An example of such a permutation is $(6,5,4,3,2,1,7,8,9,10,11,12).$ Find the number of such permutations.

Solution

Problem 5

When rolling a certain unfair six-sided die with faces numbered 1, 2, 3, 4, 5, and 6, the probability of obtaining face $F$ is greater than 1/6, the probability of obtaining the face opposite is less than 1/6, the probability of obtaining any one of the other four faces is 1/6, and the sum of the numbers on opposite faces is 7. When two such dice are rolled, the probability of obtaining a sum of 7 is 47/288. Given that the probability of obtaining face $F$ is $m/n,$ where $m$ and $n$ are relatively prime positive integers, find $m+n.$


Solution

Problem 6

Square $ABCD$ has sides of length 1. Points $E$ and $F$ are on $\overline{BC}$ and $\overline{CD},$ respectively, so that $\triangle AEF$ is equilateral. A square with vertex $B$ has sides that are parallel to those of $ABCD$ and a vertex on $\overline{AE}.$ The length of a side of this smaller square is $\frac{a-\sqrt{b}}{c},$ where $a, b,$ and $c$ are positive integers and $b$ is not divisible by the square of any prime. Find $a+b+c.$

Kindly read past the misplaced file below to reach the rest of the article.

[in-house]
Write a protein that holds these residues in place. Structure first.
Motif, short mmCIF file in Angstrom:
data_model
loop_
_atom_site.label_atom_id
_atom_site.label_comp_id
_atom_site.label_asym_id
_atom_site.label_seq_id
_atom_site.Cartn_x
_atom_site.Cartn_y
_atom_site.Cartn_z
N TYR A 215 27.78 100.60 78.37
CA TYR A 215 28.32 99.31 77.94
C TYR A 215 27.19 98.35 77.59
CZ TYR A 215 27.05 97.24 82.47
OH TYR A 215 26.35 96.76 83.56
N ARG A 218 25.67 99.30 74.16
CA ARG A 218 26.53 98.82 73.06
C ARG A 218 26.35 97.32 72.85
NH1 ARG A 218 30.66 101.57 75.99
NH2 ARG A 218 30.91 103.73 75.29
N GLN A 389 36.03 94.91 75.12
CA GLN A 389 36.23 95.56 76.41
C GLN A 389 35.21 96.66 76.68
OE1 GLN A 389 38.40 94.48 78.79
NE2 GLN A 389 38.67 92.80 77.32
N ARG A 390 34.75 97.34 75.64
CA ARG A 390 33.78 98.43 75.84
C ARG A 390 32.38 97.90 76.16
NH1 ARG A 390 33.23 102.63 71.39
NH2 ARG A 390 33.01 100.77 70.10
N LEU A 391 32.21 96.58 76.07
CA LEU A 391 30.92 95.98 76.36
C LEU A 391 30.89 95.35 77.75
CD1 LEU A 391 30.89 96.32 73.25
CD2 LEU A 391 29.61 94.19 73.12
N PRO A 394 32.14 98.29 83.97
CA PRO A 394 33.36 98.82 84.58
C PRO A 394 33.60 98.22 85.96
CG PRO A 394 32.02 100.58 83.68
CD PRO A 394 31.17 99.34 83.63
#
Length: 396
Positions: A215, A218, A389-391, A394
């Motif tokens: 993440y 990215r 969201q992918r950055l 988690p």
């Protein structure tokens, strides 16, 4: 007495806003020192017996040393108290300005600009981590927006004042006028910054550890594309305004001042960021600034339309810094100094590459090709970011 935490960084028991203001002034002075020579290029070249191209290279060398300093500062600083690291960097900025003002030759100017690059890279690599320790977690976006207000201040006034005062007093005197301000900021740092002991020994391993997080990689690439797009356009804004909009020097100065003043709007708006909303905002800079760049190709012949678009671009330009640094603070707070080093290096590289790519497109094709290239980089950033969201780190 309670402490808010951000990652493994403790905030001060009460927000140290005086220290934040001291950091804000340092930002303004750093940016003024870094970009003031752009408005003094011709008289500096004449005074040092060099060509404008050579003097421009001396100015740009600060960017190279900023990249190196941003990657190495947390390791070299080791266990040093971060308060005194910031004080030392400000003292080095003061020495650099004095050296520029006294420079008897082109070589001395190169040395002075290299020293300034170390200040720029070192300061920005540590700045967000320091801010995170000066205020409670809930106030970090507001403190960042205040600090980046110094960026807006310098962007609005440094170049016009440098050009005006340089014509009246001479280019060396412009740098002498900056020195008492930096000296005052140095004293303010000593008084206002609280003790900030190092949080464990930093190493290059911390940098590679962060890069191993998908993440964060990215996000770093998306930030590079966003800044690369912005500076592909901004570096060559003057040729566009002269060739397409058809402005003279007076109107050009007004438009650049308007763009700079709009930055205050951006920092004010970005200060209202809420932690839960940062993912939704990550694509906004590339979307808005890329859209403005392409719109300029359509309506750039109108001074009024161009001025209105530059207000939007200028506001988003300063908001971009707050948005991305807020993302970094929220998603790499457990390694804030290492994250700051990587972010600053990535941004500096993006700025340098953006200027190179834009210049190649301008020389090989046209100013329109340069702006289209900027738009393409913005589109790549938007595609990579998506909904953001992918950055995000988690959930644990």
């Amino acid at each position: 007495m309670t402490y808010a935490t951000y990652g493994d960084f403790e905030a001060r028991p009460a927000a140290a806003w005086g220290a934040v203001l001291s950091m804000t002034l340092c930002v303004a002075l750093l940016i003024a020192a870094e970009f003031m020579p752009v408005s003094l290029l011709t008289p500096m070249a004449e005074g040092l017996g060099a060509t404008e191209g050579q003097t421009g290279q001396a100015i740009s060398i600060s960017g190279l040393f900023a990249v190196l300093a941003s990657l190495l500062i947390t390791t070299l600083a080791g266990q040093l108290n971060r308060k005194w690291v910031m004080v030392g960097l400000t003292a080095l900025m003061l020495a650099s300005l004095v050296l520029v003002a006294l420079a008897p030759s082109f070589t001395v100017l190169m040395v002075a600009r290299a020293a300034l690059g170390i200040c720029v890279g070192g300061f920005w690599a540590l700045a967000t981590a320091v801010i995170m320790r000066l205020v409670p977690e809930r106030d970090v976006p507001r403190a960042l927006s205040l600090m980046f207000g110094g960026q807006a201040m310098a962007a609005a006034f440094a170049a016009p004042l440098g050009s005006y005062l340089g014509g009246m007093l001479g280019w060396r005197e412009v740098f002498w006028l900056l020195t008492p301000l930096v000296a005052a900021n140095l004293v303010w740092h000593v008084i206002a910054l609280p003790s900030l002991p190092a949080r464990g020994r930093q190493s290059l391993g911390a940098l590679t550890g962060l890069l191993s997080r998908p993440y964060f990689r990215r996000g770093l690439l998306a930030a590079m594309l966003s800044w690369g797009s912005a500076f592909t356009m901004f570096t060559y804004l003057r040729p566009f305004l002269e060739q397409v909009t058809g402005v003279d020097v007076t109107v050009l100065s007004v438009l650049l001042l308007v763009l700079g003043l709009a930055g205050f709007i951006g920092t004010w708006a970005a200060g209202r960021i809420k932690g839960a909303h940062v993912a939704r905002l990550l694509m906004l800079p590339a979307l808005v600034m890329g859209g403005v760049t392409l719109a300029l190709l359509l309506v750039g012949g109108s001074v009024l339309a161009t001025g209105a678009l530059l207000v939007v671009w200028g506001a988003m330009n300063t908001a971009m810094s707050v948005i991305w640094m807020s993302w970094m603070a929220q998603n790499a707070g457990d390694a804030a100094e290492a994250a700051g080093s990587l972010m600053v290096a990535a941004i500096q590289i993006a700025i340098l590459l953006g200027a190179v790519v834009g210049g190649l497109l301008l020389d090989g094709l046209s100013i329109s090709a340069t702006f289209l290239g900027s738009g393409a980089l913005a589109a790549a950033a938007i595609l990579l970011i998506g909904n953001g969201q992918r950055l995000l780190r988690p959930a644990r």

Solution

Problem 7

Find the number of ordered pairs of positive integers $(a,b)$ such that $a+b=1000$ and neither $a$ nor $b$ has a zero digit.

Solution

Problem 8

There is an unlimited supply of congruent equilateral triangles made of colored paper. Each triangle is a solid color with the same color on both sides of the paper. A large equilateral triangle is constructed from four of these paper triangles. Two large triangles are considered distinguishable if it is not possible to place one on the other, using translations, rotations, and/or reflections, so that their corresponding small triangles are of the same color.

Given that there are six different colors of triangles from which to choose, how many distinguishable large equilateral triangles may be formed?

Solution

Problem 9

The sequence $a_1, a_2, \ldots$ is geometric with $a_1=a$ and common ratio $r,$ where $a$ and $r$ are positive integers. Given that $\log_8 a_1+\log_8 a_2+\cdots+\log_8 a_{12} = 2006,$ find the number of possible ordered pairs $(a,r).$

Solution

Problem 10